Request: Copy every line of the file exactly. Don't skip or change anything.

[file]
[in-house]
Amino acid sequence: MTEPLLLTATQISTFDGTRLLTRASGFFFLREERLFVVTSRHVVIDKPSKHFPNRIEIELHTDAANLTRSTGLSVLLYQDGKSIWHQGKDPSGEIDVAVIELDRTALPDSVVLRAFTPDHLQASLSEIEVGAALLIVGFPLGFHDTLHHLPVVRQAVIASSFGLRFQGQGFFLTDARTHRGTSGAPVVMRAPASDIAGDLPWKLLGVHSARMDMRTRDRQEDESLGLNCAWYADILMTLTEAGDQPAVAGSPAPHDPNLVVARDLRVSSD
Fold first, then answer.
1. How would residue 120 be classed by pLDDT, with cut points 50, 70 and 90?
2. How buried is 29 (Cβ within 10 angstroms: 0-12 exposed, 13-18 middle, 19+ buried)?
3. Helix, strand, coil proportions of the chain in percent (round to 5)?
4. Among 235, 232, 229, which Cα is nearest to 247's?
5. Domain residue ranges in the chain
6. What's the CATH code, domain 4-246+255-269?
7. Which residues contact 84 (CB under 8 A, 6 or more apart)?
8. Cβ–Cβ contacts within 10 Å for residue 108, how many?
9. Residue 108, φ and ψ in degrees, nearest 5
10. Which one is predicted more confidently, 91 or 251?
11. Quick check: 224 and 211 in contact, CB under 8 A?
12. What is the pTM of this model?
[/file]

[in-house]
Amino acid sequence: MTEPLLLTATQISTFDGTRLLTRASGFFFLREERLFVVTSRHVVIDKPSKHFPNRIEIELHTDAANLTRSTGLSVLLYQDGKSIWHQGKDPSGEIDVAVIELDRTALPDSVVLRAFTPDHLQASLSEIEVGAALLIVGFPLGFHDTLHHLPVVRQAVIASSFGLRFQGQGFFLTDARTHRGTSGAPVVMRAPASDIAGDLPWKLLGVHSARMDMRTRDRQEDESLGLNCAWYADILMTLTEAGDQPAVAGSPAPHDPNLVVARDLRVSSD
Fold first, then answer.
1. How would residue 120 be classed by pLDDT, with cut points 50, 70 and 90?
2. How buried is 29 (Cβ within 10 angstroms: 0-12 exposed, 13-18 middle, 19+ buried)?
3. Helix, strand, coil proportions of the chain in percent (round to 5)?
4. Among 235, 232, 229, which Cα is nearest to 247's?
5. Domain residue ranges in the chain
6. What's the CATH code, domain 4-246+255-269?
7. Which residues contact 84 (CB under 8 A, 6 or more apart)?
8. Cβ–Cβ contacts within 10 Å for residue 108, how many?
9. Residue 108, φ and ψ in degrees, nearest 5
10. Which one is predicted more confidently, 91 or 251?
11. Quick check: 224 and 211 in contact, CB under 8 A?
12. What is the pTM of this model?